Tasting Success

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Tasting Success

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Randall Rheaume, Staff Writer

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If you were asked to choose a product that the United States produces better than any other country, what would that be? The answers might include automobiles, weapons, or perhaps even oil and gas. But according to the Department of Commerce, in 2006, the United States shipped $538 billion in manufactured food. Food manufacturing accounts for 10 percent of all manufacturing in the United States.

But not all of that food grows on trees. The fact is, most of it is made in a factory. What that factory makes is based on science. If it doesn’t taste good, no one will eat it. That is where a chemical scientist known as a flavorist comes in. Michael Walsh is one such flavorist. Think of Willie Wonka, but with a lab coat and a master’s degree. No crazy hair or animated persona, just a man you couldn’t pick out of a crowd.

Walsh graduated from Ohio State University, his home state, as an analytical chemist. Flavorists are made the old fashioned way, by using the guild system. Like a plumber or an electrician, a lengthy apprenticeship is required. A seven-year apprenticeship must be completed, and a review by the membership from The Society of Flavor Chemists is also required.

“There is no formal education for this,” said Walsh. “There is no school you can go to that will teach it.”

Anyone can come up with a new flavor for something; you don’t need to be a certified flavorist to do the work. It’s similar to the credentials an accountant carries. Some are CPA’s (certified public accountant) and others are not. Who do you want checking your books? But, in an effort to cut costs, many companies have opted to not use the services of a flavorist. Downsizing is happening in all sectors of manufacturing. Food production is no different.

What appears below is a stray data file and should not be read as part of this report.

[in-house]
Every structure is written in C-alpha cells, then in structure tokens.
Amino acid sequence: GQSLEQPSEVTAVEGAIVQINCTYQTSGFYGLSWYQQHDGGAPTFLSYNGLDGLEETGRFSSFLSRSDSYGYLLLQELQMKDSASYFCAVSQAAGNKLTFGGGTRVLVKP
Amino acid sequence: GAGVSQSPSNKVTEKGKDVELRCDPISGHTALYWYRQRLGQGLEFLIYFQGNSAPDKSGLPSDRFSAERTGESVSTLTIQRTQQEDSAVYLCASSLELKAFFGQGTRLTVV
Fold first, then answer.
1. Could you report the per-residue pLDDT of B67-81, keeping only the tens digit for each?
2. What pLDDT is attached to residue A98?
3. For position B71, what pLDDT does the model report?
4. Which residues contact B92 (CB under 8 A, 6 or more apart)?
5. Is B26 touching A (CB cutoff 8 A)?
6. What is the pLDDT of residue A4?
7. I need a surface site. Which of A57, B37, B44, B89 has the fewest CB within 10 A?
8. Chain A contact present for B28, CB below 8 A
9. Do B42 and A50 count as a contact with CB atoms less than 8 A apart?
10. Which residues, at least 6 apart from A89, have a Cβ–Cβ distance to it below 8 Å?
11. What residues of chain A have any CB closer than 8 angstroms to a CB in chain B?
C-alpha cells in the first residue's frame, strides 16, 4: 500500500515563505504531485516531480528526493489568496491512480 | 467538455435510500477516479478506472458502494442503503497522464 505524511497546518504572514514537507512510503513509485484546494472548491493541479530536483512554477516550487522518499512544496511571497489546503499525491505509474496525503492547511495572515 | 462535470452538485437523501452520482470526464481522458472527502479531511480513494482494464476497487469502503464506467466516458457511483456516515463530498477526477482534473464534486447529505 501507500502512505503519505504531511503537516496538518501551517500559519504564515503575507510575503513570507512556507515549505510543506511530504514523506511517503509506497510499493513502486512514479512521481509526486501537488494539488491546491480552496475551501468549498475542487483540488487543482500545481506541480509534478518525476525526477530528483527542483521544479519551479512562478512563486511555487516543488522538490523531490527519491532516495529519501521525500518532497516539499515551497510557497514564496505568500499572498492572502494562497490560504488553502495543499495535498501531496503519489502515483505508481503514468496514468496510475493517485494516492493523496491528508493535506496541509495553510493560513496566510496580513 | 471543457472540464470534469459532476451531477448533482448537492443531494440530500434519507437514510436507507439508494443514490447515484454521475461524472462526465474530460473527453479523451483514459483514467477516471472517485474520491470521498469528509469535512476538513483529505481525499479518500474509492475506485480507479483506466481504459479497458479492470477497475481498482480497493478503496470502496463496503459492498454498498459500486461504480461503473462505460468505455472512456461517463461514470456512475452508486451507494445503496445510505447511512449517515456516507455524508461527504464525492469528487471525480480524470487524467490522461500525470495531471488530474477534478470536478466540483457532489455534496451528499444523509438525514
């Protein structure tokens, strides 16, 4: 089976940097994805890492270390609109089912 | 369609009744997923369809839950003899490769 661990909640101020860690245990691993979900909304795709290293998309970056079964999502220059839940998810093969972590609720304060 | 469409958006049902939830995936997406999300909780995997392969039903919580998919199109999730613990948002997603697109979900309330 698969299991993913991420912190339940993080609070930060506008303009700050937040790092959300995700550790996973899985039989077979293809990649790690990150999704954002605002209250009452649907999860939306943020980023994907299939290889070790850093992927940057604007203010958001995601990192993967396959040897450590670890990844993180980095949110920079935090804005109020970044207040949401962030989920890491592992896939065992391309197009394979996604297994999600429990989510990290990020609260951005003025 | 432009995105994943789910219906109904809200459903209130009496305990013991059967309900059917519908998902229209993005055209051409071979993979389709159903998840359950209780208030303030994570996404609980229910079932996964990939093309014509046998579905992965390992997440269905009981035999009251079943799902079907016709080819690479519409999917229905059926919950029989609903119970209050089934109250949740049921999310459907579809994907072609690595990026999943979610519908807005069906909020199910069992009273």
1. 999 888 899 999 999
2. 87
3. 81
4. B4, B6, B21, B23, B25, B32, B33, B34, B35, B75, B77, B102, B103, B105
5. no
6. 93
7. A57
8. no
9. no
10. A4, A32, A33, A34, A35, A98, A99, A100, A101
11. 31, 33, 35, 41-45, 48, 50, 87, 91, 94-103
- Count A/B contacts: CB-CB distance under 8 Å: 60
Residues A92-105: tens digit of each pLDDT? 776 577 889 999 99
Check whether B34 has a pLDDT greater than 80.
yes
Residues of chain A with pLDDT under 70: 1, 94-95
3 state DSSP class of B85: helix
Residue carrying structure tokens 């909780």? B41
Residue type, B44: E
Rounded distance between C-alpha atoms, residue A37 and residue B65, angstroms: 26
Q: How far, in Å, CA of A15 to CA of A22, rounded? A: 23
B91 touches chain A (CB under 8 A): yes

In 1990, soon after graduating as a chemist, Walsh was hired as a lab assistant at Abbott Laboratories in Ohio. They had just hired a flavor chemist, and Walsh went to work for him. Having no idea what a flavorist did, Walsh found the work fascinating. He began his apprenticeship, then sought a graduate degree in food science.

“Food sciences, along with analytical chemistry are the two most important things you needed to be a flavorist,” said Walsh.

Chemistry is what the science of flavor is all about. Other backgrounds can also lead to a career as a flavorist. Knowing the chemistry, however, is a huge advantage in the development process. Those without the chemistry background would practice the art rather than the science of flavor-making. A chef would be a good example. In 1999, Walsh received his certification as a flavorist.

In the process of manufacturing food, one of the hardest things to do is make a natural food taste natural.

“If you took a strawberry and put it in a protein powder, you would end up with a goopy mess. And it wouldn’t be powder either,” said Walsh. ”What the flavorist has to do is find a way to get the essence of that flavor to survive the manufacturing process.”